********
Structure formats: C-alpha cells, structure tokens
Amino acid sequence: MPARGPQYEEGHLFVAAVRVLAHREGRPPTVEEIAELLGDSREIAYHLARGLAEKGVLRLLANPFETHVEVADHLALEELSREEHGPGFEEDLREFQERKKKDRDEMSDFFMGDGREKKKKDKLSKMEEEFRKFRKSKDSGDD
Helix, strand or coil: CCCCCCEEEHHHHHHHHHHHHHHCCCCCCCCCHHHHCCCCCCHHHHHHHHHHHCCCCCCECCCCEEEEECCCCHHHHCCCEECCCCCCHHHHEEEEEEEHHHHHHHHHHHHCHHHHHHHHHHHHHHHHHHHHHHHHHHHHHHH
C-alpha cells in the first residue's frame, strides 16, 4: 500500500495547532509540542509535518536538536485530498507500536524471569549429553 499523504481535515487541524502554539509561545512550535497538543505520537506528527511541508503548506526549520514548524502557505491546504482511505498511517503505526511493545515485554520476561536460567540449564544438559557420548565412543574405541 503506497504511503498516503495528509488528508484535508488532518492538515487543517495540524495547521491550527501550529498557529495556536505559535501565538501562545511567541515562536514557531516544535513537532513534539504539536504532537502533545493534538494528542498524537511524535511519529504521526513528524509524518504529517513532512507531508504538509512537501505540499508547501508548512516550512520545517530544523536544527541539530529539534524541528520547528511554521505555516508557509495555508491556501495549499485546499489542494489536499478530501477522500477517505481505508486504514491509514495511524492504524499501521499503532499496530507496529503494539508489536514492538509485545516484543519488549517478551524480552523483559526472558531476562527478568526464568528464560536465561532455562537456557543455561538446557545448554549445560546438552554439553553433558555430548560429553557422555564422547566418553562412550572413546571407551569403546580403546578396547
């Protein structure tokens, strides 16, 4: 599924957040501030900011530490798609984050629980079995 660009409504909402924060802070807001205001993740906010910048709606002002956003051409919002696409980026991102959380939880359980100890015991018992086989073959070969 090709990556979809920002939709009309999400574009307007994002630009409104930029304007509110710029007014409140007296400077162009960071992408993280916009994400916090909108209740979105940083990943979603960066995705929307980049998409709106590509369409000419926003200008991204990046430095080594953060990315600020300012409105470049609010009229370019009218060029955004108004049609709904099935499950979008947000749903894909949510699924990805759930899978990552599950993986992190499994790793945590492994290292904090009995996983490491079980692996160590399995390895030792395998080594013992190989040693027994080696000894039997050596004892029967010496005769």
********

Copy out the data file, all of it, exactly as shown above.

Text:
Structure formats: C-alpha cells, structure tokens
Amino acid sequence: MPARGPQYEEGHLFVAAVRVLAHREGRPPTVEEIAELLGDSREIAYHLARGLAEKGVLRLLANPFETHVEVADHLALEELSREEHGPGFEEDLREFQERKKKDRDEMSDFFMGDGREKKKKDKLSKMEEEFRKFRKSKDSGDD
Helix, strand or coil: CCCCCCEEEHHHHHHHHHHHHHHCCCCCCCCCHHHHCCCCCCHHHHHHHHHHHCCCCCCECCCCEEEEECCCCHHHHCCCEECCCCCCHHHHEEEEEEEHHHHHHHHHHHHCHHHHHHHHHHHHHHHHHHHHHHHHHHHHHHH
C-alpha cells in the first residue's frame, strides 16, 4: 500500500495547532509540542509535518536538536485530498507500536524471569549429553 499523504481535515487541524502554539509561545512550535497538543505520537506528527511541508503548506526549520514548524502557505491546504482511505498511517503505526511493545515485554520476561536460567540449564544438559557420548565412543574405541 503506497504511503498516503495528509488528508484535508488532518492538515487543517495540524495547521491550527501550529498557529495556536505559535501565538501562545511567541515562536514557531516544535513537532513534539504539536504532537502533545493534538494528542498524537511524535511519529504521526513528524509524518504529517513532512507531508504538509512537501505540499508547501508548512516550512520545517530544523536544527541539530529539534524541528520547528511554521505555516508557509495555508491556501495549499485546499489542494489536499478530501477522500477517505481505508486504514491509514495511524492504524499501521499503532499496530507496529503494539508489536514492538509485545516484543519488549517478551524480552523483559526472558531476562527478568526464568528464560536465561532455562537456557543455561538446557545448554549445560546438552554439553553433558555430548560429553557422555564422547566418553562412550572413546571407551569403546580403546578396547
């Protein structure tokens, strides 16, 4: 599924957040501030900011530490798609984050629980079995 660009409504909402924060802070807001205001993740906010910048709606002002956003051409919002696409980026991102959380939880359980100890015991018992086989073959070969 090709990556979809920002939709009309999400574009307007994002630009409104930029304007509110710029007014409140007296400077162009960071992408993280916009994400916090909108209740979105940083990943979603960066995705929307980049998409709106590509369409000419926003200008991204990046430095080594953060990315600020300012409105470049609010009229370019009218060029955004108004049609709904099935499950979008947000749903894909949510699924990805759930899978990552599950993986992190499994790793945590492994290292904090009995996983490491079980692996160590399995390895030792395998080594013992190989040693027994080696000894039997050596004892029967010496005769």